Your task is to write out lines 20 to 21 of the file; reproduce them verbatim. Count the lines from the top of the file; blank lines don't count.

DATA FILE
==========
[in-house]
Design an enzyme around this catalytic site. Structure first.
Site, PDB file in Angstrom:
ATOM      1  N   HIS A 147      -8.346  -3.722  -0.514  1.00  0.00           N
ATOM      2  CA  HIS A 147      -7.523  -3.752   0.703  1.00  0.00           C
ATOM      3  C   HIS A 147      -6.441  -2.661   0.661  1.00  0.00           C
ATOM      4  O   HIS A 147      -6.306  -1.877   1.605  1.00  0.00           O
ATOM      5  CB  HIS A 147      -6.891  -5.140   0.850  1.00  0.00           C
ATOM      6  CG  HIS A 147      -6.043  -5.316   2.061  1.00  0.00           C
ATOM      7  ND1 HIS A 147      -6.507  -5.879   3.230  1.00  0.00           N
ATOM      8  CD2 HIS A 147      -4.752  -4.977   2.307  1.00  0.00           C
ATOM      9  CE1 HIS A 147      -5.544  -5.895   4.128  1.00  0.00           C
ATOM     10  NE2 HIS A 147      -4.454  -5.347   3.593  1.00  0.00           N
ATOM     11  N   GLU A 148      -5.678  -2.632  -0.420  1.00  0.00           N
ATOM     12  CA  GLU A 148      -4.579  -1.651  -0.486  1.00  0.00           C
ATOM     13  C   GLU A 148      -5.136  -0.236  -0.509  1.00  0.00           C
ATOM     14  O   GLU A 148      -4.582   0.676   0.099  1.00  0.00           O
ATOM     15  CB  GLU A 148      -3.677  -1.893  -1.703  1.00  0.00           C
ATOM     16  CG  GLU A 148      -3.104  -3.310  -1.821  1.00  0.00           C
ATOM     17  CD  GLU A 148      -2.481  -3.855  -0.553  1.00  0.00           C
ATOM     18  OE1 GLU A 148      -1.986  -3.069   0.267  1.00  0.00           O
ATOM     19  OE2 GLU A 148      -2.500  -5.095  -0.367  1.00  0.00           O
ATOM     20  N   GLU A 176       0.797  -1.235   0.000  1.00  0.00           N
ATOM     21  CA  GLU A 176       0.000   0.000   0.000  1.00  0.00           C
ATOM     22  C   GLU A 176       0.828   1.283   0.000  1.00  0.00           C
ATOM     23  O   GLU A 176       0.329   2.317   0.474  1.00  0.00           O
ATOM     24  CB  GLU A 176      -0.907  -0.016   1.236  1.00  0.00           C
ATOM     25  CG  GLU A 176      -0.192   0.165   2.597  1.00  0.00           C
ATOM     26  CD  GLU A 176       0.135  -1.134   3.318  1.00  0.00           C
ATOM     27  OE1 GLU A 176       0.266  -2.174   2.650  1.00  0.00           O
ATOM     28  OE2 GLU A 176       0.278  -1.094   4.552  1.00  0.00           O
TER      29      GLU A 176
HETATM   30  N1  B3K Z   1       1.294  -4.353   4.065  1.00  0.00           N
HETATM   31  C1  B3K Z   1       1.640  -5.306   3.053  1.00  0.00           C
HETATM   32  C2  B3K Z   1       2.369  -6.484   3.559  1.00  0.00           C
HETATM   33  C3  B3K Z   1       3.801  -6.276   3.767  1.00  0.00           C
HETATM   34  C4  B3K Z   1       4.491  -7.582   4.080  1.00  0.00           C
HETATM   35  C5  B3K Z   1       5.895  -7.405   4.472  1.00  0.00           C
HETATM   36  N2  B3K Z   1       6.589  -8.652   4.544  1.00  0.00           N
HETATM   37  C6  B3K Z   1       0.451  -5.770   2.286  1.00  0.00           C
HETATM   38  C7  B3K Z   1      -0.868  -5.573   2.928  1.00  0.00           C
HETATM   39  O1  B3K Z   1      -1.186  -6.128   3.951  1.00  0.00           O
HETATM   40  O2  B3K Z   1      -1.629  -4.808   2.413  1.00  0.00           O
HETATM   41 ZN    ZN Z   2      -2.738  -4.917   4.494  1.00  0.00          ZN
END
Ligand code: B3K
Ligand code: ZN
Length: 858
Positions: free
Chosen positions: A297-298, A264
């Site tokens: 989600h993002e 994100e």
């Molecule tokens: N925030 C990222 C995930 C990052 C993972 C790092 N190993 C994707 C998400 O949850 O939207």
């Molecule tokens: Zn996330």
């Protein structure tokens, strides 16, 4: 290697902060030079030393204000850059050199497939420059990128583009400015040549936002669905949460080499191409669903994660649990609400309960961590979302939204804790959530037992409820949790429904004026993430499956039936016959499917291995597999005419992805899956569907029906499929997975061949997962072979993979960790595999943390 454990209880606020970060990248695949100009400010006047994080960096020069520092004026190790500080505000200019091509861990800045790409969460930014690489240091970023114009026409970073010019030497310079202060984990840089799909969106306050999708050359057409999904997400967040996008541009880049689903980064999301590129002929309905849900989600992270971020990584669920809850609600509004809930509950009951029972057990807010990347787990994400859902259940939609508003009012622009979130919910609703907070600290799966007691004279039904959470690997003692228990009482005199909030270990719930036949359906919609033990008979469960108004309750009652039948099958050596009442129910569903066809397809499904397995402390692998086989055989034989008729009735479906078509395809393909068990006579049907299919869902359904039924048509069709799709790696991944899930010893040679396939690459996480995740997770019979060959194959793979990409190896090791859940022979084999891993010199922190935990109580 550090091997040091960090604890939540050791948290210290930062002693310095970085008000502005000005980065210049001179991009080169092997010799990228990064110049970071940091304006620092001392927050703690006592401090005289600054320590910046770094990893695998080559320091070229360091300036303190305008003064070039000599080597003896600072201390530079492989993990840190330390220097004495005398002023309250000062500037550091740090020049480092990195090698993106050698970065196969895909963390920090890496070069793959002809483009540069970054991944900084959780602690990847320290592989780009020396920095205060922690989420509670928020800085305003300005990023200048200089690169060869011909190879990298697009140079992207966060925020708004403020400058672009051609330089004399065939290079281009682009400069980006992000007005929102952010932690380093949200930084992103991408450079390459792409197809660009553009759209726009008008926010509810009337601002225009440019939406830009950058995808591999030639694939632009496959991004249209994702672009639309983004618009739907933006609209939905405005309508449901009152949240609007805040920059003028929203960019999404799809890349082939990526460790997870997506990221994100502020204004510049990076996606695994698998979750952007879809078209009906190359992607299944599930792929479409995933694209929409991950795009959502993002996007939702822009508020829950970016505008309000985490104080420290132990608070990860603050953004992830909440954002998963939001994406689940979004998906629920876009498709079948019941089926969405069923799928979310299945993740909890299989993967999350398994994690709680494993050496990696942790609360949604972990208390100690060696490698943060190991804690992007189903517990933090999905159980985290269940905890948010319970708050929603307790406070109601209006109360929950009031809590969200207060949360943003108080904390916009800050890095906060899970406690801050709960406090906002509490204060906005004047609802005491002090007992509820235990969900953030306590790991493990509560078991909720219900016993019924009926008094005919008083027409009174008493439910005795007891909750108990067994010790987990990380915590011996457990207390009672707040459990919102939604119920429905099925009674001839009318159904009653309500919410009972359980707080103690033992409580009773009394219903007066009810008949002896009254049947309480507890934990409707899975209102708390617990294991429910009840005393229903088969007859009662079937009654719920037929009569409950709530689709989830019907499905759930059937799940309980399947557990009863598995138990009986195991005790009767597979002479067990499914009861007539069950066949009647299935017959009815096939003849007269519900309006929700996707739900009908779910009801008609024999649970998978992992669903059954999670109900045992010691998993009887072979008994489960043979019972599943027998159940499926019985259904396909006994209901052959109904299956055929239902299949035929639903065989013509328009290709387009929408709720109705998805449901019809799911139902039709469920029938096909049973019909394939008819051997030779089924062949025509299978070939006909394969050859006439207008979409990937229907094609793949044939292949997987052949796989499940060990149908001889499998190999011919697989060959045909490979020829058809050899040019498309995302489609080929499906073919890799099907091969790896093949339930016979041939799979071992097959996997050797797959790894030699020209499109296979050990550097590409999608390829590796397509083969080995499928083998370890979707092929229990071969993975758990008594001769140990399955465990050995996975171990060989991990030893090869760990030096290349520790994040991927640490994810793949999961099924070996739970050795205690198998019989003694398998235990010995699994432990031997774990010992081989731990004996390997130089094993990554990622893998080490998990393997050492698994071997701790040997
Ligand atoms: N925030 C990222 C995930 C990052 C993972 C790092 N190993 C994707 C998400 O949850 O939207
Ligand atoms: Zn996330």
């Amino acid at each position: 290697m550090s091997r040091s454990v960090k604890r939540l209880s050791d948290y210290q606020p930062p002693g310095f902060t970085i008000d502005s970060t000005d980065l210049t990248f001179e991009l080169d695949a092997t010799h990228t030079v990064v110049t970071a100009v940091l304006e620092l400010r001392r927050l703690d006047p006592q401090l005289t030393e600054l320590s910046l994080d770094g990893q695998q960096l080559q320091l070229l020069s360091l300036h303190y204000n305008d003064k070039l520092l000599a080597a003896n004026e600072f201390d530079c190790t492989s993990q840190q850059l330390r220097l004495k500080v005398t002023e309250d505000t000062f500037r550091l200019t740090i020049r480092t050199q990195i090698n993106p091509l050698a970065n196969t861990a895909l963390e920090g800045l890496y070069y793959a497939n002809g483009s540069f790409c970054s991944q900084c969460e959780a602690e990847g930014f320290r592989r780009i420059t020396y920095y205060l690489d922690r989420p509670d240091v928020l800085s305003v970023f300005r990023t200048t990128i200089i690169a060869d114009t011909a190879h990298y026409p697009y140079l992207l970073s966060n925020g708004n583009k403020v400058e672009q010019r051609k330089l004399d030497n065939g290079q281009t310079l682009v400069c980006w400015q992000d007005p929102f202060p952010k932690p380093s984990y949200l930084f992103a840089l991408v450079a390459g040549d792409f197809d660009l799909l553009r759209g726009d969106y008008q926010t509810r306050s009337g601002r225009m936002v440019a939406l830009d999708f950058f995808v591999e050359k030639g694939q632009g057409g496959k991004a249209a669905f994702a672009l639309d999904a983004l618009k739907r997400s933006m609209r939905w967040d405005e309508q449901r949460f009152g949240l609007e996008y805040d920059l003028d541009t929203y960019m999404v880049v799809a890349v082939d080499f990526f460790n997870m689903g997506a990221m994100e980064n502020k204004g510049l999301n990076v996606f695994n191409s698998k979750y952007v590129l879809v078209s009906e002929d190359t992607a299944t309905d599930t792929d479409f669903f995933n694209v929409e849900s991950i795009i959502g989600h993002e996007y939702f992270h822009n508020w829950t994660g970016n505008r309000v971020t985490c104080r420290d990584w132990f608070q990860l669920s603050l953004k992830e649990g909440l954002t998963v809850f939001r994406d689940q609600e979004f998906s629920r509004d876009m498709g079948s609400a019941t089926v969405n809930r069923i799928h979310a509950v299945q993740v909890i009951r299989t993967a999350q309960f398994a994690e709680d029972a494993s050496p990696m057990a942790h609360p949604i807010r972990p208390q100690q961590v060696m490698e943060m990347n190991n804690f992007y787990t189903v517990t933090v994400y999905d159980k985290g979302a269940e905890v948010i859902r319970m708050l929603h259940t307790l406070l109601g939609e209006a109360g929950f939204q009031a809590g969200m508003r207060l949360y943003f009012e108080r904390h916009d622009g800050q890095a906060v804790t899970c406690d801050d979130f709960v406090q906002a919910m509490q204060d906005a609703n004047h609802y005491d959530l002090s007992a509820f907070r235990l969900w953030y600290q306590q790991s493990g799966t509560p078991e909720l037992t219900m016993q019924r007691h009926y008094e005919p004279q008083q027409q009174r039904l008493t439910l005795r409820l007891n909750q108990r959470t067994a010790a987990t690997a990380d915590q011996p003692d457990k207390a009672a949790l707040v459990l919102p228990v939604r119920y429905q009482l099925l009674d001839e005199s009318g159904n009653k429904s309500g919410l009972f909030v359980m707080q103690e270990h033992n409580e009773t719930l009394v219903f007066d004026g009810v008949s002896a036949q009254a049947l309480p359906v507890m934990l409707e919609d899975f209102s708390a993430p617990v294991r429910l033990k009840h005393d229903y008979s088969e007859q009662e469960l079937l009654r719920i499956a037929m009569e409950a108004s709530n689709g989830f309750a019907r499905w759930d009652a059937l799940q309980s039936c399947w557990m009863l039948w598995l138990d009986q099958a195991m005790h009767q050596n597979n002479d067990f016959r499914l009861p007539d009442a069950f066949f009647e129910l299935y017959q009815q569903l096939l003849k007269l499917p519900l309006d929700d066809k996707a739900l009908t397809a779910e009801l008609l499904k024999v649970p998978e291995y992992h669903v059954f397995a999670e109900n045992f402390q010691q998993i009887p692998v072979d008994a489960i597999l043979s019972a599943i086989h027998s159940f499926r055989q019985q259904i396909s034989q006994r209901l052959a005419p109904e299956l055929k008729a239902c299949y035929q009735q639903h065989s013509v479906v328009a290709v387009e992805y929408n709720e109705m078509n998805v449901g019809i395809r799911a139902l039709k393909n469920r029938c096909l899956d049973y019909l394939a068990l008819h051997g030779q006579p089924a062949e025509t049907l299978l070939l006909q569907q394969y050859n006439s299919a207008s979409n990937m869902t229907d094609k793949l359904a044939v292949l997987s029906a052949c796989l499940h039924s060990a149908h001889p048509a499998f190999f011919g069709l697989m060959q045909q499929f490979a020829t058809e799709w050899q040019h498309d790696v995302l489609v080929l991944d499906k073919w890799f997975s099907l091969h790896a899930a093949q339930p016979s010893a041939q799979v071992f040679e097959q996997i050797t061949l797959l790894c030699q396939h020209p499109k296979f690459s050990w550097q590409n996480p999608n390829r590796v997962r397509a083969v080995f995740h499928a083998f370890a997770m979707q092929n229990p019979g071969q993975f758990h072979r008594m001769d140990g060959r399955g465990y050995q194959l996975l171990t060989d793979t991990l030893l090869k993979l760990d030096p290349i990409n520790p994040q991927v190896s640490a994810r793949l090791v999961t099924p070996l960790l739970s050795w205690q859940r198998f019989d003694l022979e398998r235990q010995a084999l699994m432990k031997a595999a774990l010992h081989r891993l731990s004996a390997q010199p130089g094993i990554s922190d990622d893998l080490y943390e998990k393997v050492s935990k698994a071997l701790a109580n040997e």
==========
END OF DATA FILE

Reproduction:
ATOM     17  CD  GLU A 148      -2.481  -3.855  -0.553  1.00  0.00           C
ATOM     18  OE1 GLU A 148      -1.986  -3.069   0.267  1.00  0.00           O